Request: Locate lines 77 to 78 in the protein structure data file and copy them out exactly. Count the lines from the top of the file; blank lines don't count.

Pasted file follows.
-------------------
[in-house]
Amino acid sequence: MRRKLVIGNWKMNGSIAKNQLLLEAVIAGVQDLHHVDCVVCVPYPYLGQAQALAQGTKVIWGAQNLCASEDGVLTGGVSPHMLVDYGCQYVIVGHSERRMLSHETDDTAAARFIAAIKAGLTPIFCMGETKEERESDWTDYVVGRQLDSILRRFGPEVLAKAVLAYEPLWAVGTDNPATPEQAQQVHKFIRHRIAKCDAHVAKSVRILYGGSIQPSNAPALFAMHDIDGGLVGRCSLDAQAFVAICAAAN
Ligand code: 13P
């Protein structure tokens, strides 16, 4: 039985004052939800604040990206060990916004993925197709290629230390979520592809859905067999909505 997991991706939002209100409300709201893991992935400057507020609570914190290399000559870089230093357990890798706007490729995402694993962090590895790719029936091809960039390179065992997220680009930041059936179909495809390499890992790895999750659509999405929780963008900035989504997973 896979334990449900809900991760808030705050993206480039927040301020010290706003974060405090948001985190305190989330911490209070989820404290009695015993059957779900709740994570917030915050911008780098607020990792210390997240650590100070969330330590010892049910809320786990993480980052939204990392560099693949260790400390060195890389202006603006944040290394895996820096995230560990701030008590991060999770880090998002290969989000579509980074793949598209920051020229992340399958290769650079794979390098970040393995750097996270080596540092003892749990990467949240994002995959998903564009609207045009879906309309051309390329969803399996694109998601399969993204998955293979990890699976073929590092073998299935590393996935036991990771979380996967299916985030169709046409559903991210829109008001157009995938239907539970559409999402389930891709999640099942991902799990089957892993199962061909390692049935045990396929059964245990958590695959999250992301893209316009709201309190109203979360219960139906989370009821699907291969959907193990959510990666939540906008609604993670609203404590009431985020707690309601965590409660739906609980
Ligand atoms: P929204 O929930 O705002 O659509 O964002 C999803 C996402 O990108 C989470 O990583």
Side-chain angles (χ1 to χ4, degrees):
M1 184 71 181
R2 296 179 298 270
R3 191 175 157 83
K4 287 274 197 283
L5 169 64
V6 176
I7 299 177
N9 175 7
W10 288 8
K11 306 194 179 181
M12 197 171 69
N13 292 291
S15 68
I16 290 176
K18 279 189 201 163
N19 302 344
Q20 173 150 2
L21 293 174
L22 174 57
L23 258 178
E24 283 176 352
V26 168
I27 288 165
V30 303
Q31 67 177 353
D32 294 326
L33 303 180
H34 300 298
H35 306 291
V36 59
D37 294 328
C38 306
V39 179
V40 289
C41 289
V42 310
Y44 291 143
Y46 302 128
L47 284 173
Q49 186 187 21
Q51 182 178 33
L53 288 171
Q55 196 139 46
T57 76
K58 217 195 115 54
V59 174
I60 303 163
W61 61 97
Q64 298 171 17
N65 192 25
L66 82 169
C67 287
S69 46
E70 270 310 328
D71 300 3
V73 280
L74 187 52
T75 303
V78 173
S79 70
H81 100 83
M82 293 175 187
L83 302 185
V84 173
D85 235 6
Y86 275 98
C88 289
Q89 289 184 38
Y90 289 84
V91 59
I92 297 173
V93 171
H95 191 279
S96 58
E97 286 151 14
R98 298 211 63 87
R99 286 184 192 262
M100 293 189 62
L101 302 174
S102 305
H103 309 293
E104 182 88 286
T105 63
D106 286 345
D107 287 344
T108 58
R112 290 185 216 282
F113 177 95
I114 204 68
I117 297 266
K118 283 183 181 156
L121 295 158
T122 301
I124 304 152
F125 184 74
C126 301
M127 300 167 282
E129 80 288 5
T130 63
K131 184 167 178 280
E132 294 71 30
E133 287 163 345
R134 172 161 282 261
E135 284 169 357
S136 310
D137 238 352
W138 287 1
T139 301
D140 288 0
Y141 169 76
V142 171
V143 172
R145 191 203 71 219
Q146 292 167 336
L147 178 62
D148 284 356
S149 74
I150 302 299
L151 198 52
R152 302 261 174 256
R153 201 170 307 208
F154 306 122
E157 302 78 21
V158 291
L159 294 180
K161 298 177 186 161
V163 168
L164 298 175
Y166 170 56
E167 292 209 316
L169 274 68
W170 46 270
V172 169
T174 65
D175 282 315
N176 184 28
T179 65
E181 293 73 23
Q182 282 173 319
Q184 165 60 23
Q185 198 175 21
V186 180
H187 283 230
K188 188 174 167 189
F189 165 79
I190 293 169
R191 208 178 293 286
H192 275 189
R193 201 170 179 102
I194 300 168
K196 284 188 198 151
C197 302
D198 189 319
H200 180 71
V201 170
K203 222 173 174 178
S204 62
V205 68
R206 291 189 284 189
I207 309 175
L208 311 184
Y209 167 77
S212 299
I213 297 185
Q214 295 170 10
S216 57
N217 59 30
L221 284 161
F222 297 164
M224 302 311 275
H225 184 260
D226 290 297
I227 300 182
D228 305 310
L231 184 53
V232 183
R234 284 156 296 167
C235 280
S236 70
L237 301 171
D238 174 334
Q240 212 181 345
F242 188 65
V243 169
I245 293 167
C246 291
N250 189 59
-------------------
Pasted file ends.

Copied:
I92 297 173
V93 171